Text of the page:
Friday, November 7, 2008

Good Kids?

For an entire week I was basking in the glow of positive parenting feed back. Then Halloween came and spooked away the glory.

Volunteering in Coyote's class room, I efficiently dealt with their severe problem child (the whiniest primadona EVER), much to the gawking teacher's astonished admiration. Then I got all the kids doing yoga and meditating. She was amazed and gushed about my skills and wondered about substitute teaching.

Then I had parent-teacher conferences at Blue's school. I actually like her teachers now. Not yet keen on the "make your day" program (the program's name gets the whole family singing "Pump up the Jam"), nor do I expect to be in the near or distant future. The teachers actually told me, "It is obvious that you have put a lot of time and energy into your daughter." They also told me that they stopped using "Steps" on her because she didn't need them. They just tell her to stop and she does. They also put her into the accelerated math class. I've warmed up to them, now that they "get" Blue and they flattered me so eloquently. How can you not like that?

And then Halloween came, and the candy, and the late night. Wenatchee had a kickin' Halloween with one particular neighborhood totally decked out and crowded. Huck played in Leavenworth with the SKA band that night and returned home at 2 AM. Then we left at 5:30 for a 10AM funeral.

We walked into the Columbarium and I gasped in horror. It was a labyrinth of floor to ceiling glass. Each square foot of glass full of urns. This is every mother-of-two-kids-jacked-on-last-night's-candy-and-sleep-deprived's worst nightmare. For one and a half hours I had to keep the kids entertained. We looked at the 1,000,000 boxes. We met a woman leaving flowers for her 19 year old son who drowned and her 17 year old niece who died in her sleep. We dipped our fingers in every fountain. But it wasn't enough to keep a full-on wrestling match from erupting. Feet kicking 1 millimeter from the GLASS WALLS! In the middle of the funeral. When it was time to leave, Blue was spasticly flinging on her coat in the entry. She managed to miss the glass table but punched a visitor. When I told her to calm down that great big girl actually laid down in the foyer and kicked her legs in the AIR!! In a dress! I dragged her outside and just laid into her, "What are you doing? What is this behavior! I'm embarrassed and ashamed right now!" I was yelling, then I saw the door open and a relative heading out from the Columbarium. So I suddenly switched to a sweet voice saying, "And so I expect you to behave like the wonderful and amazing girl you really are, Okay honey?" Classic private-mom/public-mom stuff. I couldn't believe I was perpetrating it myself.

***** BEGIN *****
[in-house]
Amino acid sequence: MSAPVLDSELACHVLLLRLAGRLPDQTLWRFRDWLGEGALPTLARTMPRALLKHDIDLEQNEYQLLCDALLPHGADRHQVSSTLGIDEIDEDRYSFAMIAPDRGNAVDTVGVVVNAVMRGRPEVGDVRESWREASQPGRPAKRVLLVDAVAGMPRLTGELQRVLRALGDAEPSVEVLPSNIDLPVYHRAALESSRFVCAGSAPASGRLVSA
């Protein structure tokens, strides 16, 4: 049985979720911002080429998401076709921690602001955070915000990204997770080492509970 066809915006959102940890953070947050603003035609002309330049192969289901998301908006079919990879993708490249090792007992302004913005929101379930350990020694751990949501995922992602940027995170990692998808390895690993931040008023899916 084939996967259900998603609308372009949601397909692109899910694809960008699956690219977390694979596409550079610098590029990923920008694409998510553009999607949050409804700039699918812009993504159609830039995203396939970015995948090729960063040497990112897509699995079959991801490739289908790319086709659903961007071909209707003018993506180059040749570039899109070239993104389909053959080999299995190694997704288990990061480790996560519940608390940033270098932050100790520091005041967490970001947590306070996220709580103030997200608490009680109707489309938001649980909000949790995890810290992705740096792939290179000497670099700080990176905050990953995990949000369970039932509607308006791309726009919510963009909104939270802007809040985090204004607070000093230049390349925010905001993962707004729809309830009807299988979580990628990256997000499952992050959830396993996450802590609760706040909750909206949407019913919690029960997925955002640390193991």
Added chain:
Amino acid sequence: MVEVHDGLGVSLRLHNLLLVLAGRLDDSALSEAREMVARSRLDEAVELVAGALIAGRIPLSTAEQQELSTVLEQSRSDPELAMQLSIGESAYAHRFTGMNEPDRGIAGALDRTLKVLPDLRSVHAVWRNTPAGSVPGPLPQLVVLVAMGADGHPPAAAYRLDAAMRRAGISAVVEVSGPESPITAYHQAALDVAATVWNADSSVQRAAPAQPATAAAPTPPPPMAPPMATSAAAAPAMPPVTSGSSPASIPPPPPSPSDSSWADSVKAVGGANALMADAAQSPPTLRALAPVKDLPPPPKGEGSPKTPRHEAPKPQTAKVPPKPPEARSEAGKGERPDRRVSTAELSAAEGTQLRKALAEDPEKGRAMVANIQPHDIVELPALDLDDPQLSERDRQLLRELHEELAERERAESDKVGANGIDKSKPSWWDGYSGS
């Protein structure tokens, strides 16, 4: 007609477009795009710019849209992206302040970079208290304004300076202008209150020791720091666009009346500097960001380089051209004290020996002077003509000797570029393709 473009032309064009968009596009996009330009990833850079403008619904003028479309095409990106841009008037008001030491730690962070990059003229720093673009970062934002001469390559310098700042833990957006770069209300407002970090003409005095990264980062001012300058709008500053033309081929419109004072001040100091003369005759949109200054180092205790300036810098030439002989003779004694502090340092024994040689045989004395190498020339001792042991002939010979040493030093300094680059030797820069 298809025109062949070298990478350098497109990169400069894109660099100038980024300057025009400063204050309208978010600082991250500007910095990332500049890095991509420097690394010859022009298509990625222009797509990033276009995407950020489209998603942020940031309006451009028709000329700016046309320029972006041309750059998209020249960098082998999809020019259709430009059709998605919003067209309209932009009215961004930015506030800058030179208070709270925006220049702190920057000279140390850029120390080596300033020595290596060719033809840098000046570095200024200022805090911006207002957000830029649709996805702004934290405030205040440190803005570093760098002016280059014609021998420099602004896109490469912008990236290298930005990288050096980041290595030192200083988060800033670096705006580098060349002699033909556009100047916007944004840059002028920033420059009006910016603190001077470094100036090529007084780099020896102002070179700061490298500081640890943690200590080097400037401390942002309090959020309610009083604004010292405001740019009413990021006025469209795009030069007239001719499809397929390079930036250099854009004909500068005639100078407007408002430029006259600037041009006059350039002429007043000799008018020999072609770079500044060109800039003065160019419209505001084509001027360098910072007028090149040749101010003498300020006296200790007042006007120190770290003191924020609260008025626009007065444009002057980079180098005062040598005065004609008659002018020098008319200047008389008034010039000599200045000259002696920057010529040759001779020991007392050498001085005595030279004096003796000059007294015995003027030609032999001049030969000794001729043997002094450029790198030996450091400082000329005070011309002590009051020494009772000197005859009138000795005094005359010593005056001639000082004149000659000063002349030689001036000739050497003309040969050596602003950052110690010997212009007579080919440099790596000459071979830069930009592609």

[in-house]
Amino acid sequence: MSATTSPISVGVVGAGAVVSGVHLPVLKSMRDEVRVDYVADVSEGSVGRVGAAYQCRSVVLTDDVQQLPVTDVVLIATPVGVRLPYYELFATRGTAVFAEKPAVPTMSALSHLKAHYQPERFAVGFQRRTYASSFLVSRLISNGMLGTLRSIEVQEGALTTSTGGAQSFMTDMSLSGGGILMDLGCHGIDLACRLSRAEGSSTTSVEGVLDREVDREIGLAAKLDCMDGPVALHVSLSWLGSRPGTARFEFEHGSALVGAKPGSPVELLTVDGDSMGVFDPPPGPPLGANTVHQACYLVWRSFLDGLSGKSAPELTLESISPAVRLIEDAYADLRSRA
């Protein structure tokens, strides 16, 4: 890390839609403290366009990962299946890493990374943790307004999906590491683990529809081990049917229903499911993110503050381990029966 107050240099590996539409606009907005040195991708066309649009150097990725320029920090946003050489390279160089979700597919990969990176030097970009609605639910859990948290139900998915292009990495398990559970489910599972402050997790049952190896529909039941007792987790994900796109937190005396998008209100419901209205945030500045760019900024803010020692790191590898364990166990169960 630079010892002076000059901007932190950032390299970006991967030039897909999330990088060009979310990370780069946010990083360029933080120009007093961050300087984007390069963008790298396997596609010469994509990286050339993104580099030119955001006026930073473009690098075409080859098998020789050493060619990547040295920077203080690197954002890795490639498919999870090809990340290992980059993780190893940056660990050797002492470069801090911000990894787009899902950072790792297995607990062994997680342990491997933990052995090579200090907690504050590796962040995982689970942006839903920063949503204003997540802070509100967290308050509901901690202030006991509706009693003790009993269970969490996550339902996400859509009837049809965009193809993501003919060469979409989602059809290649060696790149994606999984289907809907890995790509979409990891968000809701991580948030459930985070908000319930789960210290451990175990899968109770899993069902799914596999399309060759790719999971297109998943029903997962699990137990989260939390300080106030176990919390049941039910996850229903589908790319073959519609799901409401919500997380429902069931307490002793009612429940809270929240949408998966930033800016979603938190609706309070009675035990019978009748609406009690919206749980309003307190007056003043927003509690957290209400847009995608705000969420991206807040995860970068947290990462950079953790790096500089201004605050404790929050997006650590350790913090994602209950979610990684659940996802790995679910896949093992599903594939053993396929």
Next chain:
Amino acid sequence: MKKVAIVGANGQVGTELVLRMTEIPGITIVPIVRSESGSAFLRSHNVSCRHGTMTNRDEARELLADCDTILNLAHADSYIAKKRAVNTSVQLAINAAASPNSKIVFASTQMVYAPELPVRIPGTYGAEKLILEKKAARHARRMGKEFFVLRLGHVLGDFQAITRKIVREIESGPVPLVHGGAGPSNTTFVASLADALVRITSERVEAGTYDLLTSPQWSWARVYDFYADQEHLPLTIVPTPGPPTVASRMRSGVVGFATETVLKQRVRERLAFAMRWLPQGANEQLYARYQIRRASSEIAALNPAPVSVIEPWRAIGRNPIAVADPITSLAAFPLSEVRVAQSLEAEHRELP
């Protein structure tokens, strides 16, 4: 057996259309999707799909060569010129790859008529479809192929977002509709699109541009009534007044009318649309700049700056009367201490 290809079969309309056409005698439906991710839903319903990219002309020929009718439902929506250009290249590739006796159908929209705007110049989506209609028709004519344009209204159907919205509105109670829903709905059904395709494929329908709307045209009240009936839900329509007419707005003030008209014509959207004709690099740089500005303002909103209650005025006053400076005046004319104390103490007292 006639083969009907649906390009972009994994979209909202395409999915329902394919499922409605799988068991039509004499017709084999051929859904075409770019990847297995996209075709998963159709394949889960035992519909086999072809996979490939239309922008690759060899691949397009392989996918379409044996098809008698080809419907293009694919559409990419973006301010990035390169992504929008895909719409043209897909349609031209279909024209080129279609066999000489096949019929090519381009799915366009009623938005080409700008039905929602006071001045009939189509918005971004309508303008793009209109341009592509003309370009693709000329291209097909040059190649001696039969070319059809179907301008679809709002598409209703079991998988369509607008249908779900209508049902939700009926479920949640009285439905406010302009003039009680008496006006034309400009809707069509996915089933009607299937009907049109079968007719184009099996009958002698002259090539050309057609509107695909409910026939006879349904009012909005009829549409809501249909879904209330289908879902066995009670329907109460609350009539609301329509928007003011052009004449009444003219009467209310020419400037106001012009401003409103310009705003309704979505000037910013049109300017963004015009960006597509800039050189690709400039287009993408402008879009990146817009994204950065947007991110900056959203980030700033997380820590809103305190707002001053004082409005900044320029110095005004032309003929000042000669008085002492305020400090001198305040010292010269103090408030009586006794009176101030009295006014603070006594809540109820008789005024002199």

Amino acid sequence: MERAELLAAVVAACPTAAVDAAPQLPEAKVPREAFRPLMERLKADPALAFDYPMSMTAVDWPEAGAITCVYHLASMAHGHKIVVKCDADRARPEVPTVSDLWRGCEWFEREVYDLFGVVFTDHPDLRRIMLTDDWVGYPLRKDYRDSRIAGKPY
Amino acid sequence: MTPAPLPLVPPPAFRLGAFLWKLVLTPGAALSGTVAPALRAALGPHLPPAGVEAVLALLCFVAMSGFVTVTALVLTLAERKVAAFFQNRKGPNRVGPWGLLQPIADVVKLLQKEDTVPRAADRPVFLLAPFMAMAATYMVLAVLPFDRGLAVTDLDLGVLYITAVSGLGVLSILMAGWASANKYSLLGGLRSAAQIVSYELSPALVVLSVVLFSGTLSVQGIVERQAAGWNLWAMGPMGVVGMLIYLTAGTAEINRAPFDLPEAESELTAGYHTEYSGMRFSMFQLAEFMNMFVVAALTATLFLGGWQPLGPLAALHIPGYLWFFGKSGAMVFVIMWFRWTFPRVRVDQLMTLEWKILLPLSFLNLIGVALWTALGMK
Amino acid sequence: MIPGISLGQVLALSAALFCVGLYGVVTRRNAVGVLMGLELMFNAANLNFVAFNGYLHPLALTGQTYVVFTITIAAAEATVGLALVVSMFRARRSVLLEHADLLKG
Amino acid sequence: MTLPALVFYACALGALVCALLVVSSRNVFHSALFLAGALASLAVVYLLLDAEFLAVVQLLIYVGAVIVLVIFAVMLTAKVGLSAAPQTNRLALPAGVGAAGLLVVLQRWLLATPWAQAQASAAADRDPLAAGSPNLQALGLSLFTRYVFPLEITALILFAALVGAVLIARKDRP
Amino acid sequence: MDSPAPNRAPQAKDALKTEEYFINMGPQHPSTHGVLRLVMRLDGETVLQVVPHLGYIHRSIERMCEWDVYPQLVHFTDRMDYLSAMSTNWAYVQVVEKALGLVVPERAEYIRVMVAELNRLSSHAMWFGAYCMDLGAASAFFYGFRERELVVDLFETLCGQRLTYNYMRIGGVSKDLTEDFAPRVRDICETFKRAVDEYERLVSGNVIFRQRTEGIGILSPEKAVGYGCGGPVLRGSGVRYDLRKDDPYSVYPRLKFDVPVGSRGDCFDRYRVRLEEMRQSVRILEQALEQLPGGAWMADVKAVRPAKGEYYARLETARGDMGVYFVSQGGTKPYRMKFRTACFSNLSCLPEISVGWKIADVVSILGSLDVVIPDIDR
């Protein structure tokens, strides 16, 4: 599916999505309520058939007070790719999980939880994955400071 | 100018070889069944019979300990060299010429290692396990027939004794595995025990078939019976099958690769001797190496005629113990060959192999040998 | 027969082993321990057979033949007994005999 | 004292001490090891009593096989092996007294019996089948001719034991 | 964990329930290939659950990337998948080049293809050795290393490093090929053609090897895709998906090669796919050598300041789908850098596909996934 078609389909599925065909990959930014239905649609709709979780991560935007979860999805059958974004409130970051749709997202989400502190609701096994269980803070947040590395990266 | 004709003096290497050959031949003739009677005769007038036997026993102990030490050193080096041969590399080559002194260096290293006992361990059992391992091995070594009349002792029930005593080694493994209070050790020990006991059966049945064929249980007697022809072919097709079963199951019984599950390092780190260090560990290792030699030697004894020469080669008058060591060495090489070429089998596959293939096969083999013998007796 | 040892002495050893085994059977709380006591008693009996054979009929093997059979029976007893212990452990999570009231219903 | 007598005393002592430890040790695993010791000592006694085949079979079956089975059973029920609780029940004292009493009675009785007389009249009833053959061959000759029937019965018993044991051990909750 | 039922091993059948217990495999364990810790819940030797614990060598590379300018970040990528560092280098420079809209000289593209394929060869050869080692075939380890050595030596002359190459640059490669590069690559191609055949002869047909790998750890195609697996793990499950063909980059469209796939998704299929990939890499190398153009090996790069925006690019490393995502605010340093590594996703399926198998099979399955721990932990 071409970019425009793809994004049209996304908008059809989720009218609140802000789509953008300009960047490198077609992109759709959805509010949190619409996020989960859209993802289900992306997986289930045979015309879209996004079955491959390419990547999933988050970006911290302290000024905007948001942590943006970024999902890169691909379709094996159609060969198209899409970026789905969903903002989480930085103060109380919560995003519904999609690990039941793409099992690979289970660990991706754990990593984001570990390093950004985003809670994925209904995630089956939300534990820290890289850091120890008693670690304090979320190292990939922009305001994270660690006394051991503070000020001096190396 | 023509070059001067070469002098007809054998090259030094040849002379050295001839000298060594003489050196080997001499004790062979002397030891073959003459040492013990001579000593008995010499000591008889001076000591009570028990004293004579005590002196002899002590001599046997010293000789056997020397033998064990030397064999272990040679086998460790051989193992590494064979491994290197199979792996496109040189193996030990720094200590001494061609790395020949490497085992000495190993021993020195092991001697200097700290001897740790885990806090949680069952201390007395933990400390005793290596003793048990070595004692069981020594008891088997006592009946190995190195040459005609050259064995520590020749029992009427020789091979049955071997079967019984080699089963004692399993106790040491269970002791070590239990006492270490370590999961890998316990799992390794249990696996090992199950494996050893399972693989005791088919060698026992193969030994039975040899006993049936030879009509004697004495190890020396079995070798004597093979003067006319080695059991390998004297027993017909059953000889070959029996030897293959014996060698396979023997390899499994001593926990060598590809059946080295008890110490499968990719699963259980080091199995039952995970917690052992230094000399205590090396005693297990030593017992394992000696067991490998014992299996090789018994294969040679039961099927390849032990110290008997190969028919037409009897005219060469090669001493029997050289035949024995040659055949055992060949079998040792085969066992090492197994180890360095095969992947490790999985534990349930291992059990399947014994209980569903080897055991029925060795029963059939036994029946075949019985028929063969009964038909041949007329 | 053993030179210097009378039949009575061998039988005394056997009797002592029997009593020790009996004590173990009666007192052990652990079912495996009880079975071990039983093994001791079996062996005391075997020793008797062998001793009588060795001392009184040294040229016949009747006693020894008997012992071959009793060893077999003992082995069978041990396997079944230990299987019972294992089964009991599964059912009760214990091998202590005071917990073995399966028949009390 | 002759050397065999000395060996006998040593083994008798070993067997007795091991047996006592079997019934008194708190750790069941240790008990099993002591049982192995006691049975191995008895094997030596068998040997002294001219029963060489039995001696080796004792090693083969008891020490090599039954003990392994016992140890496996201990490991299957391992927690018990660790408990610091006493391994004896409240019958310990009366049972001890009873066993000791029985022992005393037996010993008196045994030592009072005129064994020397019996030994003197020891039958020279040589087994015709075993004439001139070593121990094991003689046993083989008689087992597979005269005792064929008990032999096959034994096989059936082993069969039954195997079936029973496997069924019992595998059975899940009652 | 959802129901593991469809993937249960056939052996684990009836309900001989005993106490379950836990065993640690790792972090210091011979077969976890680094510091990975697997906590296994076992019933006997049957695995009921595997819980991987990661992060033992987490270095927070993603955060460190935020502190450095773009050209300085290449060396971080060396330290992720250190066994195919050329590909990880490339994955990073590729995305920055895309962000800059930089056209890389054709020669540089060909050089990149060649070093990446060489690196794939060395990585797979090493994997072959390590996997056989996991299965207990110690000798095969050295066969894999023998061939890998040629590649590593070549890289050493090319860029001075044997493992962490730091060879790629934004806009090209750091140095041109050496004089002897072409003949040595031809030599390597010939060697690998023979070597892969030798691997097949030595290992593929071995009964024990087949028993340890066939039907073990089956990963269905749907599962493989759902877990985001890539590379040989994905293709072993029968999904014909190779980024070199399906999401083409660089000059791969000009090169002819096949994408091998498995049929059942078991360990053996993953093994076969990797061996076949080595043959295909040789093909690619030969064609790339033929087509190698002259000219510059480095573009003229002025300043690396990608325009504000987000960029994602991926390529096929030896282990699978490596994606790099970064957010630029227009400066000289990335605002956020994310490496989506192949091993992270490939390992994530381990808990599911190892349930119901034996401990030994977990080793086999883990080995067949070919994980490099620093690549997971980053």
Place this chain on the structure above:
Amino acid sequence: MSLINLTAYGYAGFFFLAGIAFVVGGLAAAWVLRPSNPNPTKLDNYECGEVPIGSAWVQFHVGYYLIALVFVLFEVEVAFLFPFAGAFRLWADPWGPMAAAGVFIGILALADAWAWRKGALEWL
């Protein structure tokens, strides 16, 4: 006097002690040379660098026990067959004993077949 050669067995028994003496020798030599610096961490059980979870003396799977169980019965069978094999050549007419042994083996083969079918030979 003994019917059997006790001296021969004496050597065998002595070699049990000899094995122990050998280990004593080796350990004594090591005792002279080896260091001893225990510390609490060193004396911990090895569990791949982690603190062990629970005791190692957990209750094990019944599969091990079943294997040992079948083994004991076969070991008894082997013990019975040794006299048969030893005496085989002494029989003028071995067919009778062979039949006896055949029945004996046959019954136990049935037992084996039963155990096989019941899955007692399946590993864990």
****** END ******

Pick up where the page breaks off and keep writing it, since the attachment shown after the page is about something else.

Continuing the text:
The reception was way better. It was in banquet room with an entire GLASS WALL over water. GREAT! But they had balsa wood airplanes which we flung around and smacked everyone in the head at least once. Now that's kid friendly!

So, post Halloween, I have developed a diabolical parenting tactic. It works so well that I have some concerns about it. If it's THAT effective, can it be safe? Ethical?
Here's how I developed it:
Huck was at band practice. I had a fever and felt dizzy and run down. Coyote would not go to bed. I was not going to do the chase-and-giggle thing he was gunning for. So when I told him to go to his room and he giggled and said "NO". I grabbed his bucket of Halloween candy. I tipped open the kitchen garbage with the toe lever. And I held a Mars bar over the trash. "If you don't get to your room by the count of FIVE, I'm going to throw this away."
He looked at me in TOTAL HORROR. Paralyzed by shock. His mouth gaped and gasped. He couldn't believe I would do it.
Blue whipped up from her homework and shrieked, "RUN COYOTE RUN!!!"
"One, two, three." And he was his room.
"I'm so happy to see that you've decided to cooperate tonight!"
Was that a questionable tactic? It was so efficient, it seems like it should be wrong. But I can't figure out what could possibly be wrong with it, except that it fulfills several parenting fantasies at once: throwing out candy and prompt responses. Is that so wrong? Is it wrong to make your dreams come true?

MOVIE REVIEW: If you are a parent and you haven't seen the 1944 classic "National Velvet," since you were a kid, you should. It stars Micky Rooney and Elizabeth Taylor. I loved this movie as a horse-obsessed child, but I recently got a grown-up take on it. The parents are hilarious as a couple. The little brother is COYOTE. Completely. Absolutely. And my kids loved it too.

1 comment:

  1. I just wanted to add something here. This weekend I was at a few events with a woman I've been getting to know from the UU church. She's a child psychologist. So I ran by the "candy toss" method with her. And she LOVED it. She said it's success was in the fact that I actually wanted to throw the candy away, therefore I had all the power. A time-out isn't the most exciting thing for a mom to enforce, and the kids can read that hesitancy. But tossing out candy: they saw it in my eyes that I'd love nothing better. She said it was perfectly fine, and not scarring at all. I said, YIPPEEE!

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